Minsk’s fear of so-called color revolutions, allegedly incited by the West[xxviii], is shared by in Russia. Especially after the Euromaidan events in Ukraine in 2014, the possibility that a color revolution in Russia’s neighborhood could be used as a trigger for another Russian military intervention has been raised. Zapad 2017 could give Russia the opportunity for military movement, which may prepare the ground for actions against Belarus itself. Lukashenko has, however, rejected these suspicions as groundless – also Russia had addressed these fears, and stated that such invasion is not planned.[xxix]. Nevertheless, the new 2016 Belarusian military doctrine raises the issue of a ”local war” threat, indicating that the Armed Force take to account events resembling the ”Arab Spring” and  “Donbas scenario” in a Belarusian context.  Minsk’s concern is also based on the fact, that in case of aggression during or after the exercises, most likely Russian Armed Forces would try to raise costs for any intervention for the West, so that they will not be outweighed by the potential gains. Probably as a precaution, Belarusian MoD invited international observers from 7 countries. Minsk informed that by extending the invitation it was following the Vienna Document, however, according to NATO, invited parties were in fact liaison officers, only to observe on “distinguished visitors” days.[xxx]

Russia is maintaining her posture as adhering to OSCE Vienna Document, reporting the number of troops below the threshold of 13,000.[xxxi] At the same time, unknown amount of soldiers will participate in related drills in the Western MD – Russia often intentionally lowers the number of troops, splits them or include in the snap exercise count, additionally providing a small gap in time between drills, or holding them in different areas but as a joint command. Main exercise together with the preceding drills are estimated to involve even 100,000 troops. A possible indicator of Zapad 2017 size many analysts use the fact that Russia has ordered more than 4,162 railcars to transport its troops. It has to be pointed out though, that the 2,081 round trips were made within 11 months. Based on this, according to P. Kovalev, up to two Russian mechanized divisions (around 30,000 military personnel) could be deployed to Belarusian territory. Since some of the drills already took place in Belarus, only 1,254 wagons were left for Zapad itself.[xxxii]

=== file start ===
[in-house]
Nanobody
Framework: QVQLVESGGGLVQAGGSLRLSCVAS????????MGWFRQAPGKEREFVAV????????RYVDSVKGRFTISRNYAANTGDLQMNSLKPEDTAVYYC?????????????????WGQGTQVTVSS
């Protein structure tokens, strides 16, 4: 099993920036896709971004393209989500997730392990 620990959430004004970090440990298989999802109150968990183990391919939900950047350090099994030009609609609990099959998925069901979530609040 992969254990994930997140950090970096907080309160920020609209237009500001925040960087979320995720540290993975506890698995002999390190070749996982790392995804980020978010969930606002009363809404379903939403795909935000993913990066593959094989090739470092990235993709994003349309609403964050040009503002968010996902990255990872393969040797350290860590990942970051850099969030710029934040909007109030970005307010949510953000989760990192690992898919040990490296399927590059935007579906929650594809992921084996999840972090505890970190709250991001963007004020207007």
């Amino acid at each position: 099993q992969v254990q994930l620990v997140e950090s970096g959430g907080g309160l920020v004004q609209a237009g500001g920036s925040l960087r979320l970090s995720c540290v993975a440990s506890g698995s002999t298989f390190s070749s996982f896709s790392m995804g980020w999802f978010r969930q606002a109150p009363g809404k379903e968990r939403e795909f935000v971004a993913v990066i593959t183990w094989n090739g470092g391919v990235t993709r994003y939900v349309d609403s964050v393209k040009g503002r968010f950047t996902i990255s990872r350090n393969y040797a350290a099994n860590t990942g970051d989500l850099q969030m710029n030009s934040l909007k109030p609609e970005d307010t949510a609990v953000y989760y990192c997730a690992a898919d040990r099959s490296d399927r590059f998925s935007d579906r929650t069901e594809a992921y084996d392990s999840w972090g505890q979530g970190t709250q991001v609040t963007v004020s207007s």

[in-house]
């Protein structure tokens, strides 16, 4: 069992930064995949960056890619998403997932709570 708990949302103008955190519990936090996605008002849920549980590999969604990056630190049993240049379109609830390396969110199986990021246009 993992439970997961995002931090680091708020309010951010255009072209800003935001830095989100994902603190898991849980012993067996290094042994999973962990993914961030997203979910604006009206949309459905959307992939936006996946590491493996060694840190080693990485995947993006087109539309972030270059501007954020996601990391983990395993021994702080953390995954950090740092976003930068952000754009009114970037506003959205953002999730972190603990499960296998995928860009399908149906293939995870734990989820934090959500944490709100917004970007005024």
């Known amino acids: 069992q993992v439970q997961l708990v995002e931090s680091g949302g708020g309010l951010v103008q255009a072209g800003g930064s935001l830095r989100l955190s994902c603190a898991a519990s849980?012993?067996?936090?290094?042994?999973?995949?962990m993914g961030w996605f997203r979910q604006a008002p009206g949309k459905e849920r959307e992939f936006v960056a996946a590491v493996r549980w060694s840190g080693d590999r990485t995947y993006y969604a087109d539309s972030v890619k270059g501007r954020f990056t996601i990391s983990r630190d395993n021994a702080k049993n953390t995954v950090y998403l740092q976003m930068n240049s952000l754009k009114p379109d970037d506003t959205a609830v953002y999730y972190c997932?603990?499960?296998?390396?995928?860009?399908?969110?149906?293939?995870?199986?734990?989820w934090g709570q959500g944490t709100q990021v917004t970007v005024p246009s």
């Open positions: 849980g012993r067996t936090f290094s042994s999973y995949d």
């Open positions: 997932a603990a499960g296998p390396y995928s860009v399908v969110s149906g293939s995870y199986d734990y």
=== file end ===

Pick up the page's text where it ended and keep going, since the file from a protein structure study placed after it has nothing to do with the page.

Baltic Sea region is perceived by Russia as a test bed in attempting to achieve geopolitical objectives. Dividing the West whilst undermining trust in the collective defense of NATO  is possible due to several factors, such as politico-military geography of the Baltic Sea and Eastern Europe, with militarised Kaliningrad and Belarus, significant amount of Russian-speakers, internal political frictions and limited military potential. Furthermore,  any provocations during Zapad 2017 and accompanying snap drills might be used by Kremlin  as an instrument to exert military pressure on the US administration. Recently displayed provocative behavior of the air force might increase again, with elevated risk of unintended clashes between Russia and the Alliance. Russian willingness to test or infringe sovereignty and territorial integrity of countries the in the Baltic Sea region cannot be ruled out. It is expected that Russia could launch a limited hybrid operation, testing responses on the eastern flank of the Alliance: Latvia for example has publicly reiterated that such provocations are considered possible.[xxxiii] But triggering Article 5 could lead to full scale military confrontation – Russia has all the reasons to assume that the West would be hesitant to respond to any confrontation, instead shying away and possibly trying to use diplomatic channels in order to struck a deal. Current NATO’s reaction is to move one airborne battalion consisting of 650 soldiers to the Baltics.[xxxiv] Nevertheless, openly attacking any of the Baltic countries would be way to costly, compared to for example aiding rebels in the Donbas region or weakening Ukraine in general. But if in Kremlin’s understanding the use of military force offers a better chance to achieve its strategic goals, Moscow won’t hesitate to use it, which adds up to the overall tension.